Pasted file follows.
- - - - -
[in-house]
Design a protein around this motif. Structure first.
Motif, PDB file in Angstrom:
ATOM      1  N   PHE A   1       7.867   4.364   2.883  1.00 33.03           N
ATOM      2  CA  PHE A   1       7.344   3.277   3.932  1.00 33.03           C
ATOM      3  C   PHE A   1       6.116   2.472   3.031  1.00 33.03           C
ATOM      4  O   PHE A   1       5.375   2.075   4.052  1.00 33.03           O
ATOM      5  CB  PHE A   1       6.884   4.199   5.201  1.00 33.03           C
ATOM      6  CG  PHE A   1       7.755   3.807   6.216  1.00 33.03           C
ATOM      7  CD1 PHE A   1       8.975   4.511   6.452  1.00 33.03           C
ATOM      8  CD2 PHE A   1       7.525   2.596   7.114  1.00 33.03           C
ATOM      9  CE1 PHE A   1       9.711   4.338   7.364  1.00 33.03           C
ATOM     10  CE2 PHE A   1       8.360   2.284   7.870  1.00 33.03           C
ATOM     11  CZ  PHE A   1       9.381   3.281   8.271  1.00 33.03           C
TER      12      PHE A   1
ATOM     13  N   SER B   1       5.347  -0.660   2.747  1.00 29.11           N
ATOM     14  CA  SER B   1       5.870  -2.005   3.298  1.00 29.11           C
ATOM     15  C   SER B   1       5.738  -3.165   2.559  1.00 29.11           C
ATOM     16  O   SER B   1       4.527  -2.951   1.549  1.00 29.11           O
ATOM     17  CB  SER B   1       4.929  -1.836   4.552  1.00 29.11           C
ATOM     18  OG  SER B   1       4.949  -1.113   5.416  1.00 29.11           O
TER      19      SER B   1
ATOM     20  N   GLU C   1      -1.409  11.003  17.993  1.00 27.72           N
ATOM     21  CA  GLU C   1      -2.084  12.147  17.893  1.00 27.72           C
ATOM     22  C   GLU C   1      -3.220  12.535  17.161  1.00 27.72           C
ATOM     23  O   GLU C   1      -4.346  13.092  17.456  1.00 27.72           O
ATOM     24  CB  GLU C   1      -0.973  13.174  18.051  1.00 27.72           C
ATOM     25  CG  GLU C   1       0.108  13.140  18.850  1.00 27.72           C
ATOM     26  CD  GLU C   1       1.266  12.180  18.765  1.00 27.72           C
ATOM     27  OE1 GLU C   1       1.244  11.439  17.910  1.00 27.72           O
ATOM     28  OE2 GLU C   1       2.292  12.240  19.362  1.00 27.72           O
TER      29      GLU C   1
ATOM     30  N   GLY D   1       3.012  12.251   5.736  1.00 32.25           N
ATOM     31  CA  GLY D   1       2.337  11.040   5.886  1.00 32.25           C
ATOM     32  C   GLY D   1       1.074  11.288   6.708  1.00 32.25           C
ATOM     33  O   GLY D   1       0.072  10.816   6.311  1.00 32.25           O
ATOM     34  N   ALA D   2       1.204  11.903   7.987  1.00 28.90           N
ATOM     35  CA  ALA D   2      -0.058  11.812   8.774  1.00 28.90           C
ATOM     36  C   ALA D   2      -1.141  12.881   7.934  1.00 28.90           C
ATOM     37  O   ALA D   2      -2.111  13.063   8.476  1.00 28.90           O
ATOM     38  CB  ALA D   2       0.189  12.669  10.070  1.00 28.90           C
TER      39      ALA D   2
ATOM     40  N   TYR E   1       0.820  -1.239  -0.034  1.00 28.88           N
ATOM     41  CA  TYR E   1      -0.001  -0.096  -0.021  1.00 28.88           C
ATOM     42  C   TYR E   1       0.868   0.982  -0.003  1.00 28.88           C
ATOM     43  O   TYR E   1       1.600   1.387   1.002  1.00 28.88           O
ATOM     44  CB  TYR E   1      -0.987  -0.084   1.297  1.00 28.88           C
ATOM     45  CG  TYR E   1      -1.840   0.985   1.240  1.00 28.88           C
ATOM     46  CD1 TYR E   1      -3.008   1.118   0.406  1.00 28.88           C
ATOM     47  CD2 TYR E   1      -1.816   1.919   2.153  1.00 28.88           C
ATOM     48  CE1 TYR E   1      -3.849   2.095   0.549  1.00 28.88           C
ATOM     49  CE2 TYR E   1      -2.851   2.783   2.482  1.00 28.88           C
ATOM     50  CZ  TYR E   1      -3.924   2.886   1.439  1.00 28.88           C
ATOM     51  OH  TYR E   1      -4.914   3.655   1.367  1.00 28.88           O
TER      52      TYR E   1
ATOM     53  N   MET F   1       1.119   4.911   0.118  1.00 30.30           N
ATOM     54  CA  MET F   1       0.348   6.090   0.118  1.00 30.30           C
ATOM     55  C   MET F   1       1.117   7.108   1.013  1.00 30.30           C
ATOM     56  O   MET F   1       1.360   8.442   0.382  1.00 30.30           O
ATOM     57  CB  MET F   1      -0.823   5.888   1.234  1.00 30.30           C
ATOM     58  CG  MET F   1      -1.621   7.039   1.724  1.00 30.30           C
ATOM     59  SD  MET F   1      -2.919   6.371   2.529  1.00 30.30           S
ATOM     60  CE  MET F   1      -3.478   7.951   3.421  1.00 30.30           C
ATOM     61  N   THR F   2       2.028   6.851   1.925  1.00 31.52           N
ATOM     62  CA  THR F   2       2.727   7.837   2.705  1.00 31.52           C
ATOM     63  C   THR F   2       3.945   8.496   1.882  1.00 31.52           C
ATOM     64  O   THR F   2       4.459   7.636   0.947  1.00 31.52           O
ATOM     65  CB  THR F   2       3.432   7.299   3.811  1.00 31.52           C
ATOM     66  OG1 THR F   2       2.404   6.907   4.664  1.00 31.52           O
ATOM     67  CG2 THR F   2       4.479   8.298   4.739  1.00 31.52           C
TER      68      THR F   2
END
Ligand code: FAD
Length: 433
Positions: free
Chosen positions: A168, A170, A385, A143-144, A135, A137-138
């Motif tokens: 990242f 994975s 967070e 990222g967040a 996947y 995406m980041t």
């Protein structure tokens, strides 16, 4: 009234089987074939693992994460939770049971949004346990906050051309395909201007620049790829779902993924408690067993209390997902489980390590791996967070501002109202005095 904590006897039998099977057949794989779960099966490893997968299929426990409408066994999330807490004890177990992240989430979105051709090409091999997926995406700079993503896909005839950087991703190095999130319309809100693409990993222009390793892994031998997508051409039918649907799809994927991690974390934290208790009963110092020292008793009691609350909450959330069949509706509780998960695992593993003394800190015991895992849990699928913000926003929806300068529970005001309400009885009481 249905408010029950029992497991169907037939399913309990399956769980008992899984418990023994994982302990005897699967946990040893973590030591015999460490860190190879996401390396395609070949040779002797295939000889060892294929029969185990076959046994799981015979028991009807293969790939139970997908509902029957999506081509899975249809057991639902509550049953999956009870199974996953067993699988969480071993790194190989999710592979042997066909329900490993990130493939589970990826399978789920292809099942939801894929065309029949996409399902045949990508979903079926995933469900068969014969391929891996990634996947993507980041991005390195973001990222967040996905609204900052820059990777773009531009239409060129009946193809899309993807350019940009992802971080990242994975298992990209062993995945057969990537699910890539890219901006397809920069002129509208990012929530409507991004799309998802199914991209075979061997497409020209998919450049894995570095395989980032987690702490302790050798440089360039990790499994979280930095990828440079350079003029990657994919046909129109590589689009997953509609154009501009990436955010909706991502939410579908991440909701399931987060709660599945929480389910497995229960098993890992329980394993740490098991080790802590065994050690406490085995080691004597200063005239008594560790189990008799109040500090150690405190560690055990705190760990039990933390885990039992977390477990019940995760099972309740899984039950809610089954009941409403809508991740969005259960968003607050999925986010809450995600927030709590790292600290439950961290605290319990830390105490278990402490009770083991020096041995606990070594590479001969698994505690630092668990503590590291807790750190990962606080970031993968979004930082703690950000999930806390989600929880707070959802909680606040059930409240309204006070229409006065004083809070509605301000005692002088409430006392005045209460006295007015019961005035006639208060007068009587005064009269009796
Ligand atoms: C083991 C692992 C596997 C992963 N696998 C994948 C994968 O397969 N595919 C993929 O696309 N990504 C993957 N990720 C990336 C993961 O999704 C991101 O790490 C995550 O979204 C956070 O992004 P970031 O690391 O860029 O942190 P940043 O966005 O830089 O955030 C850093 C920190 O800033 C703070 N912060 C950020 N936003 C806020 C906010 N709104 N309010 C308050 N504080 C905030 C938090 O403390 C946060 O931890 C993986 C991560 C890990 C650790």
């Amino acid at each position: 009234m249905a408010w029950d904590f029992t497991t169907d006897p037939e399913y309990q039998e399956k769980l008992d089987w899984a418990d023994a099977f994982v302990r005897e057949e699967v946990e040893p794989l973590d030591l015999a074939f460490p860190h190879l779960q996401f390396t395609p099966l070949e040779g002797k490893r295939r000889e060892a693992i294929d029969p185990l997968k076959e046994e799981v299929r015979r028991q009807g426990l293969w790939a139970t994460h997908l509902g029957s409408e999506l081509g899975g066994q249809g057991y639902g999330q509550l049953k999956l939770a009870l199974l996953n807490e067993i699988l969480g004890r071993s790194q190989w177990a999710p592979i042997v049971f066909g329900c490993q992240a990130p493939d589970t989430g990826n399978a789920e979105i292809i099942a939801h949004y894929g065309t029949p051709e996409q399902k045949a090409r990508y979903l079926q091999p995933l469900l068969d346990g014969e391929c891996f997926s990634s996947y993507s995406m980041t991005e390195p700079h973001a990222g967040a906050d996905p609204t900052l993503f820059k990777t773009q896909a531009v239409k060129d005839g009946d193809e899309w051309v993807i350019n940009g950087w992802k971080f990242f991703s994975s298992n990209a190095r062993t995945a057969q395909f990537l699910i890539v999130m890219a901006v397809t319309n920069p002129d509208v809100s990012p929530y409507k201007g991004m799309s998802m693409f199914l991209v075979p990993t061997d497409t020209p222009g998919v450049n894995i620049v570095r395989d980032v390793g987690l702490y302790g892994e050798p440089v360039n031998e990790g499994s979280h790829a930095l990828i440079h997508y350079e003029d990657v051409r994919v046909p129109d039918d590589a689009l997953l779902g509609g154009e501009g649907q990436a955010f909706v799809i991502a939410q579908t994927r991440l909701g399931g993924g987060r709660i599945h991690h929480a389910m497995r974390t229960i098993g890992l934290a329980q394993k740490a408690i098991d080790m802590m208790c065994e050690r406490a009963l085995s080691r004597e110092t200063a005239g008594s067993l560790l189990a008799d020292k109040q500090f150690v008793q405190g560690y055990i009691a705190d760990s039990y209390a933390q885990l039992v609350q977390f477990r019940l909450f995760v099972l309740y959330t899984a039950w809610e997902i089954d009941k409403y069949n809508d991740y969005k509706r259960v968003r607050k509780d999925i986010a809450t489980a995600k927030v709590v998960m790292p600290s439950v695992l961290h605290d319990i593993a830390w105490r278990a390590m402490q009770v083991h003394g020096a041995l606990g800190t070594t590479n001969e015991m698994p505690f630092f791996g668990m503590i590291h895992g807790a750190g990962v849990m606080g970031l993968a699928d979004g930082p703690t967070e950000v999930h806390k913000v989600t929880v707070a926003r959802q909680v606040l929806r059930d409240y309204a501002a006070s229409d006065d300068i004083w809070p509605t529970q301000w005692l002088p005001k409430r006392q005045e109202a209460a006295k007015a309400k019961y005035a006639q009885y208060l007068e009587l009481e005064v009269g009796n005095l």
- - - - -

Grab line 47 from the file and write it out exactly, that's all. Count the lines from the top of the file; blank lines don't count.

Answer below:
ATOM     44  CB  TYR E   1      -0.987  -0.084   1.297  1.00 28.88           C